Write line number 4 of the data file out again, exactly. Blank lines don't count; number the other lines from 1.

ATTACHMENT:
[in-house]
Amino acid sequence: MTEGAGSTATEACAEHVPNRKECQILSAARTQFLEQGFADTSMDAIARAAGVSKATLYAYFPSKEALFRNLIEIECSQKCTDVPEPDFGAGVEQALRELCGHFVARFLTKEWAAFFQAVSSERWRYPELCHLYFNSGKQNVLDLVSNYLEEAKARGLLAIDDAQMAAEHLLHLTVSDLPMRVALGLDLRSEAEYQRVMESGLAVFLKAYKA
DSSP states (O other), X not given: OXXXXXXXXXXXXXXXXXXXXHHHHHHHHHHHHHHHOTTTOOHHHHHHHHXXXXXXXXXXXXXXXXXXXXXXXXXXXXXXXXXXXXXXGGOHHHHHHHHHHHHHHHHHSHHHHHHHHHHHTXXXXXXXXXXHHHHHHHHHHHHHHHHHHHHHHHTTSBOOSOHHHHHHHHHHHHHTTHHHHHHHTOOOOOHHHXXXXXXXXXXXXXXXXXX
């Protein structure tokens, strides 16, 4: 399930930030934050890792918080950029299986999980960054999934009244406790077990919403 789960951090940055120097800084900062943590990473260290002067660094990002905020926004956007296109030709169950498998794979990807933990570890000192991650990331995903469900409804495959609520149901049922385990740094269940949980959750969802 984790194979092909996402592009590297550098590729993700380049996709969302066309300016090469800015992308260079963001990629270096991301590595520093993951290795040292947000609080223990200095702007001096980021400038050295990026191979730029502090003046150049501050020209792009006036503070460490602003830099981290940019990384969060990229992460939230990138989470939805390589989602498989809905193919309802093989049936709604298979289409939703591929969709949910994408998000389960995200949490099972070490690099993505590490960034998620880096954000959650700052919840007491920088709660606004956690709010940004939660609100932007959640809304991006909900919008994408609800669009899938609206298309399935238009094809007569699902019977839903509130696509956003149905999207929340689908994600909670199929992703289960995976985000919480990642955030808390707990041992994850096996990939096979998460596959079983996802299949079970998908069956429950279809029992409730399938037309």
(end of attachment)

């Protein structure tokens, strides 16, 4: 399930930030934050890792918080950029299986999980960054999934009244406790077990919403 789960951090940055120097800084900062943590990473260290002067660094990002905020926004956007296109030709169950498998794979990807933990570890000192991650990331995903469900409804495959609520149901049922385990740094269940949980959750969802 984790194979092909996402592009590297550098590729993700380049996709969302066309300016090469800015992308260079963001990629270096991301590595520093993951290795040292947000609080223990200095702007001096980021400038050295990026191979730029502090003046150049501050020209792009006036503070460490602003830099981290940019990384969060990229992460939230990138989470939805390589989602498989809905193919309802093989049936709604298979289409939703591929969709949910994408998000389960995200949490099972070490690099993505590490960034998620880096954000959650700052919840007491920088709660606004956690709010940004939660609100932007959640809304991006909900919008994408609800669009899938609206298309399935238009094809007569699902019977839903509130696509956003149905999207929340689908994600909670199929992703289960995976985000919480990642955030808390707990041992994850096996990939096979998460596959079983996802299949079970998908069956429950279809029992409730399938037309």